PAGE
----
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World Health Organ Tech Rep Ser. 2003;921:1-164, back cover.

Prevention and management of osteoporosis.

[No authors listed]


Bone is hard tissue that is in a constant state of flux, being built up by bone-forming cells called osteoblasts while also being broken down or resorbed by cells known as osteoclasts. During childhood and adolescence, bone formation is dominant; bone length and girth increase with age, ending at early adulthood when peak bone mass is attained. Males generally exhibit a longer growth period, resulting in bones of greater size and overall strength. In males after the age of 20, bone resorbtion becomes predominant, and bone mineral content declines about 4% per decade. Females tend to maintain peak mineral content until menopause, after which time it declines about 15% per decade. Osteoporosis is a disease characterized by low bone mass and structural deterioration of bone tissue, leading to bone fragility and an increased susceptibility to fractures, especially of the hip, spine, and wrist. Osteoporosis occurs primarily as a result of normal ageing, but can arise as a result of impaired development of peak bone mass (e.g. due to delayed puberty or undernutrition) or excessive bone loss during adulthood (e.g. due to estrogen deficiency in women, undernutrition, or corticosteroid use). Osteoporosis-induced fractures cause a great burden to society. Hip fractures are the most serious, as they nearly always result in hospitalization, are fatal about 20% of the time, and produce permanent disability about half the time. Fracture rates increase rapidly with age and the lifetime risk of fracture in 50 year-old women is about 40%, similar to that for coronary heart disease. In 1990, there were 1.7 million hip fractures alone worldwide; with changes in population demographics, this figure is expected to rise to 6 million by 2050. To help describe the nature and consequences of osteoporosis, as well as strategies for its prevention and management, a WHO Scientific Group meeting of international experts was held in Geneva, which resulted in this technical report. This monograph describes in detail normal bone development and the causes and risk factors for developing osteoporosis. The burden of osteoporosis is characterized in terms of mortality, morbidity, and economic costs. Methods for its prevention and treatment are discussed in detail for both pharmacological and non-pharmacological approaches. For each approach, the strength of the scientific evidence is presented. The report also provides cost-analysis information for potential interventions, and discusses important aspects of developing national policies to deal with osteoporosis. Recommendations are made to the general population, care providers, health administrators, and researchers. Lastly, national organizations and support groups are listed by country.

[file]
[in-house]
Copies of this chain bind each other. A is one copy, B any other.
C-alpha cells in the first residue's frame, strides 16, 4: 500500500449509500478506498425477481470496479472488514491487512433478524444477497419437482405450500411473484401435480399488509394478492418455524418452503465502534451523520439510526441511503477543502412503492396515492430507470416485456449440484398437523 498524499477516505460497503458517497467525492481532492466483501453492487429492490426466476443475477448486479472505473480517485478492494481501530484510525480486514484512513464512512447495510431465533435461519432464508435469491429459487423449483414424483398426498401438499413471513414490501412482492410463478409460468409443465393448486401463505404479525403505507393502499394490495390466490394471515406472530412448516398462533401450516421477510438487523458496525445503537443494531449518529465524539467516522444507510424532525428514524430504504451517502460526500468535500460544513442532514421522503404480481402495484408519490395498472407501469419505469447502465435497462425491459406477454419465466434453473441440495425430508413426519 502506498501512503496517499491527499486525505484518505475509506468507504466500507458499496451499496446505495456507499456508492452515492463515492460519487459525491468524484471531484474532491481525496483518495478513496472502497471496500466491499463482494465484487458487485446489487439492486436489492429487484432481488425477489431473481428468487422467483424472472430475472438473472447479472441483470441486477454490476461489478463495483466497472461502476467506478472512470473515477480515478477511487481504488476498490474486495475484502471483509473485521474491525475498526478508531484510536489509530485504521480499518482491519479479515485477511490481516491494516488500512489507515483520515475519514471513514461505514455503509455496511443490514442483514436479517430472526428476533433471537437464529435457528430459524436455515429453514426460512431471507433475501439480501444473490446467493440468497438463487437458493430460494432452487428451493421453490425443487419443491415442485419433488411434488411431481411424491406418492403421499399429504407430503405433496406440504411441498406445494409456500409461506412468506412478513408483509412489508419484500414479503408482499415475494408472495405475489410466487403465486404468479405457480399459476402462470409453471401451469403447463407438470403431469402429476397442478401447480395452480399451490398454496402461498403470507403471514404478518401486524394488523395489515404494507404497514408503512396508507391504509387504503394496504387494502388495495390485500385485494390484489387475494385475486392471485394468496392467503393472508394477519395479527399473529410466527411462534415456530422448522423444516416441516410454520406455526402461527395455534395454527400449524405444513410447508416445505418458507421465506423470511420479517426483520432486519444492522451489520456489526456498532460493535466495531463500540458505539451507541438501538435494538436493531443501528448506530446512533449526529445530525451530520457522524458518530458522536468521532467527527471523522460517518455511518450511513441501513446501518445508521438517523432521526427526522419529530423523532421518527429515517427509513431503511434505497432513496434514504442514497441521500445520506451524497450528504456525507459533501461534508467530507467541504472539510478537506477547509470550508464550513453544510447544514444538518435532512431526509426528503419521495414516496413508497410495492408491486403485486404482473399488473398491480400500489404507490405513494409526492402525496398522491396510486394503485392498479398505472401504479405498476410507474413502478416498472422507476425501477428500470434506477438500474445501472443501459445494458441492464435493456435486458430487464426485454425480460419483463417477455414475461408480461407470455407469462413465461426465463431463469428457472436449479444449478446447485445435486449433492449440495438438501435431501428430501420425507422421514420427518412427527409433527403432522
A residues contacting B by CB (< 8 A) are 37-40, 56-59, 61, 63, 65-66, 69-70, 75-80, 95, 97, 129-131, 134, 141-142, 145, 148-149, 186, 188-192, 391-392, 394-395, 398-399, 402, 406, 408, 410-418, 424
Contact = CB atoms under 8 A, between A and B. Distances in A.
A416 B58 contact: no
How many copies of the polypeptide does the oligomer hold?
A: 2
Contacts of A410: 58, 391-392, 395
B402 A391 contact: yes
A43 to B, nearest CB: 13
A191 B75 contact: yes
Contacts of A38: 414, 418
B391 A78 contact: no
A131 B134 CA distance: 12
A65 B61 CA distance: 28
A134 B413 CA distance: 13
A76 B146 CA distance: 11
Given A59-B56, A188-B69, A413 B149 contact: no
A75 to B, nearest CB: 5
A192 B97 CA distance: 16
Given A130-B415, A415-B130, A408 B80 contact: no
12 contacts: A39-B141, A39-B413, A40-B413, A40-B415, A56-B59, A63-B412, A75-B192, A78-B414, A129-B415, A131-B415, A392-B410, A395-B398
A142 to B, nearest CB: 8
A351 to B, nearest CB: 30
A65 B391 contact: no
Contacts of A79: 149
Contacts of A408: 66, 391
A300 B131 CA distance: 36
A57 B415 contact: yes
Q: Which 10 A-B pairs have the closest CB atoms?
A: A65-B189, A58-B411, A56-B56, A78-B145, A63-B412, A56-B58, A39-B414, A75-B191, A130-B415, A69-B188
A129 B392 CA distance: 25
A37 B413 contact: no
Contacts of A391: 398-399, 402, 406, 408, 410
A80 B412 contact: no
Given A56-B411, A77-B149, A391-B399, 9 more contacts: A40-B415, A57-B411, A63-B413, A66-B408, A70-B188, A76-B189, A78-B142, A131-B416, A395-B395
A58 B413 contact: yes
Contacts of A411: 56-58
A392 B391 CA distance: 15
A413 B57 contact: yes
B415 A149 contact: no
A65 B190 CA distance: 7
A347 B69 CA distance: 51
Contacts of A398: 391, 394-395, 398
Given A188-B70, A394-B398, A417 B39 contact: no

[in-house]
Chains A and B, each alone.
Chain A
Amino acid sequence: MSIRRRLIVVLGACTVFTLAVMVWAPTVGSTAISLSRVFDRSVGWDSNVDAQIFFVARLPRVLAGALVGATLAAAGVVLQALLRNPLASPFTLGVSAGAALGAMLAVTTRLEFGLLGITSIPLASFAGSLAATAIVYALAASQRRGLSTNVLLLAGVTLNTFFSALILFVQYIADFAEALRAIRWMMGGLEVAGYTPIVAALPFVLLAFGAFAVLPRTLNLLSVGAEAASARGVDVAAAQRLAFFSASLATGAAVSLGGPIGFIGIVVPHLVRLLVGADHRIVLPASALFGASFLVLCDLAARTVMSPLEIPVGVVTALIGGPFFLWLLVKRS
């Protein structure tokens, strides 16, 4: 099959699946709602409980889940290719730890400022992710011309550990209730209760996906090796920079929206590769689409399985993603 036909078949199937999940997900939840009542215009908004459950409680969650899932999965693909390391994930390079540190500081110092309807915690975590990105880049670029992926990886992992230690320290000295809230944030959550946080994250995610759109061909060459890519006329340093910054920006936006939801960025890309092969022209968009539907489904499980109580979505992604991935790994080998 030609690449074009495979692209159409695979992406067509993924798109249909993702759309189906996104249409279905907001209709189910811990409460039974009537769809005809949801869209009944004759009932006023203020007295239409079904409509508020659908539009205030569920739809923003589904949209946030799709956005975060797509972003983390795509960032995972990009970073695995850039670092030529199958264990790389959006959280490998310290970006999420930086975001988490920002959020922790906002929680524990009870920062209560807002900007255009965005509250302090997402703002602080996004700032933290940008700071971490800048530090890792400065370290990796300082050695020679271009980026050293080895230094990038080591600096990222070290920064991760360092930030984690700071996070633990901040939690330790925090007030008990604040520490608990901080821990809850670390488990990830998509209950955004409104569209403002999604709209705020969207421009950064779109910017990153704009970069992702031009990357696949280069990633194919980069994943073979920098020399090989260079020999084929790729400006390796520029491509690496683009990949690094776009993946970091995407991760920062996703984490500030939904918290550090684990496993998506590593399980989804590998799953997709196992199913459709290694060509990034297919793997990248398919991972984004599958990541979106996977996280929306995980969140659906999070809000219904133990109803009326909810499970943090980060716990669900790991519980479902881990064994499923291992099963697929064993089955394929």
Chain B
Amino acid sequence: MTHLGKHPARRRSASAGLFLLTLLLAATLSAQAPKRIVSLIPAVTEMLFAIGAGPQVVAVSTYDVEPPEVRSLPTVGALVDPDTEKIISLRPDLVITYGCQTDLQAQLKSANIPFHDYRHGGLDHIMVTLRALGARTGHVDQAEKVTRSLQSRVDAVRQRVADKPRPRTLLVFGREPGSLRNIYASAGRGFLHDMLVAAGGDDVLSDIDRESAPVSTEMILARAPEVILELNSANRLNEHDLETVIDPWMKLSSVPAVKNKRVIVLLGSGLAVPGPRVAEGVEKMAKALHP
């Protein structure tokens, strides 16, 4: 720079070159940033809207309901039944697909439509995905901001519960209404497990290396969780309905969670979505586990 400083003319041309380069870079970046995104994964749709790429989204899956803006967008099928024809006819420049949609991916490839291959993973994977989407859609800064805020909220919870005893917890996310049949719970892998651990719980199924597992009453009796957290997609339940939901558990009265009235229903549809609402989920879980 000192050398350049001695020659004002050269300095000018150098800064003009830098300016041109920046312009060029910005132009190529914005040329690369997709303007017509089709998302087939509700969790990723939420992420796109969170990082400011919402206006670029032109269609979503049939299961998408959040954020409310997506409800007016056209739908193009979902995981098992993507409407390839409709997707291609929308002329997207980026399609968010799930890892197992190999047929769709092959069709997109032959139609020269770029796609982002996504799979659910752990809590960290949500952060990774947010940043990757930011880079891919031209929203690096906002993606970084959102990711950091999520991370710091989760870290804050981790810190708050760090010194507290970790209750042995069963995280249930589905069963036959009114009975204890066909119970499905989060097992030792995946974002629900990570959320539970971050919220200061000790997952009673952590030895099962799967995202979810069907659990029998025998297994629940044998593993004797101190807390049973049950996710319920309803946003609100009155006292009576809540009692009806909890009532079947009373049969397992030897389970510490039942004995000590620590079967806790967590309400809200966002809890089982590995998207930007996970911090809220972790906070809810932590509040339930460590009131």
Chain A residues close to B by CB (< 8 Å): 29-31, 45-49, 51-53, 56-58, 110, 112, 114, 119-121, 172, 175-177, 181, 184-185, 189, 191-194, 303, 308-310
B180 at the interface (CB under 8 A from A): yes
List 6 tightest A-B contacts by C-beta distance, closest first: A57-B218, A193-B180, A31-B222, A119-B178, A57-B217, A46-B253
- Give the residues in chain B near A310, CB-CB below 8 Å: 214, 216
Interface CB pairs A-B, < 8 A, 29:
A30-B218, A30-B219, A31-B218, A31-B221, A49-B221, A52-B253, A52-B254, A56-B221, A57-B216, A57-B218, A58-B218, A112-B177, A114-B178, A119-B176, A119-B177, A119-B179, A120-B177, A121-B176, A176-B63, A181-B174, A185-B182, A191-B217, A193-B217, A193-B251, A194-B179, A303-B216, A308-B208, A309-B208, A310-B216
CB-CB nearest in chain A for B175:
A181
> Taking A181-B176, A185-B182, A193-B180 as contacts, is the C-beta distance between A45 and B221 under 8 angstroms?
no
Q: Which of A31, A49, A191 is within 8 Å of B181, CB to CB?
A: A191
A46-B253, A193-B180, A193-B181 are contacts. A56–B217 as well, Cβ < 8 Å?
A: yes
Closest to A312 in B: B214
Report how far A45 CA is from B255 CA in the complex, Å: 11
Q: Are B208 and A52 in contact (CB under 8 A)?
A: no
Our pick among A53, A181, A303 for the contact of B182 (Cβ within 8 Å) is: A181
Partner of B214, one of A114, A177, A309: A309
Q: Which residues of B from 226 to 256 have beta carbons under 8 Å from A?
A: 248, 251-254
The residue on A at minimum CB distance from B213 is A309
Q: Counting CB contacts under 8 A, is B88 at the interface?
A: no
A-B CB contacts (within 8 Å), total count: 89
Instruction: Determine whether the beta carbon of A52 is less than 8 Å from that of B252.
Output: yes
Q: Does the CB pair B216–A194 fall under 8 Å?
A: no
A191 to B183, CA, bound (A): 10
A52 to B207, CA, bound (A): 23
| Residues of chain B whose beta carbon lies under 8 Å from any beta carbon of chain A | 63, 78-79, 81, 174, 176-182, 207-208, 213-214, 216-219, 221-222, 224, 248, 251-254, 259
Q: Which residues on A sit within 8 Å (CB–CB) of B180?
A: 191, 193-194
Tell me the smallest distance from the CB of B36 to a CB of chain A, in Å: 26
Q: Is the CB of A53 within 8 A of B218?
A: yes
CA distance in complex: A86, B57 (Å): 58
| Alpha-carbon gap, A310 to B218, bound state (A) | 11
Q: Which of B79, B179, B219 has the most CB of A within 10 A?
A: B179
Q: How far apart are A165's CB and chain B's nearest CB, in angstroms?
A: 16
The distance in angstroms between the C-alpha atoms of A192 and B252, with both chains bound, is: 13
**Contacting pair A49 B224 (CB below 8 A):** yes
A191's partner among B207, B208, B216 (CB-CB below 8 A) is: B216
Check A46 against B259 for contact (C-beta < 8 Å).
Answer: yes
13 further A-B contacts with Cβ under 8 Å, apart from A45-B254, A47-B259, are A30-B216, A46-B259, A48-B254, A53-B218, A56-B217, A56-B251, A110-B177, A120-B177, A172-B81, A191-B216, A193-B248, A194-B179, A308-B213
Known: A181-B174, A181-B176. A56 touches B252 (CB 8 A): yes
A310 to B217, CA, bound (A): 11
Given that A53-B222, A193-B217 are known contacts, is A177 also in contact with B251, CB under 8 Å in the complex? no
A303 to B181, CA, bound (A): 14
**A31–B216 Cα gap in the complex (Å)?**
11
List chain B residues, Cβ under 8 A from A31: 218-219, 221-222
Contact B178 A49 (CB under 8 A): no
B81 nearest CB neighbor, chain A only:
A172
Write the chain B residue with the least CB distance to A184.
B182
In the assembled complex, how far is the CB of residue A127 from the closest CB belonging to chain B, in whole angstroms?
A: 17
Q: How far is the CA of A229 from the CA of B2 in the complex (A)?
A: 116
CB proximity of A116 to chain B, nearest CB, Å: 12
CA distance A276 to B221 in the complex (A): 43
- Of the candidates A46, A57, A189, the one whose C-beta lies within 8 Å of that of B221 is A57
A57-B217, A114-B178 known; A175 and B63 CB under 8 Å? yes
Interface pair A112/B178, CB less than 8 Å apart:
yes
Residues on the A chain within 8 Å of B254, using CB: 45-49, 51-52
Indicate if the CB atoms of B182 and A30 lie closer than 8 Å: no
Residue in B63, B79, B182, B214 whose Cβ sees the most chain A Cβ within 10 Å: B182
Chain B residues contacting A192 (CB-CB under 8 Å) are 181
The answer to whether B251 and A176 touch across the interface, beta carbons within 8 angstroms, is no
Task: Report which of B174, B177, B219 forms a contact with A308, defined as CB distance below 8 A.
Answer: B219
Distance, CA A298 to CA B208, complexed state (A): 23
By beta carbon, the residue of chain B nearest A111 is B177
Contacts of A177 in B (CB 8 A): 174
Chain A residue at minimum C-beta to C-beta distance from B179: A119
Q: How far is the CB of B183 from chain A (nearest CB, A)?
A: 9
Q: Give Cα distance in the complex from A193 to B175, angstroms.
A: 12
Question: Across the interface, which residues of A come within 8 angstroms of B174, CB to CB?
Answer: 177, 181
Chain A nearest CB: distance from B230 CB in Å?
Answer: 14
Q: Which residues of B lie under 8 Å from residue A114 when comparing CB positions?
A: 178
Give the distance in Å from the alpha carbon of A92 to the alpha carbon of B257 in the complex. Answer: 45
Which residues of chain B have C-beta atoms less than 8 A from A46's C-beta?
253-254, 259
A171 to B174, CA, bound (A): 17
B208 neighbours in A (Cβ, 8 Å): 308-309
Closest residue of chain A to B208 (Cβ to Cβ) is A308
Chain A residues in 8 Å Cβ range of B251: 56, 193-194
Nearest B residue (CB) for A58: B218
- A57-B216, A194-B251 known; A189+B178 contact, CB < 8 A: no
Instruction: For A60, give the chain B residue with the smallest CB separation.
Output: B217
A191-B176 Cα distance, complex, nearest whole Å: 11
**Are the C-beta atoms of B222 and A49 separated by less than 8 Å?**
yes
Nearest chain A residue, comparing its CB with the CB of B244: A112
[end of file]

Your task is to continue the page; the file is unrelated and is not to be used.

[Indexed for MEDLINE]

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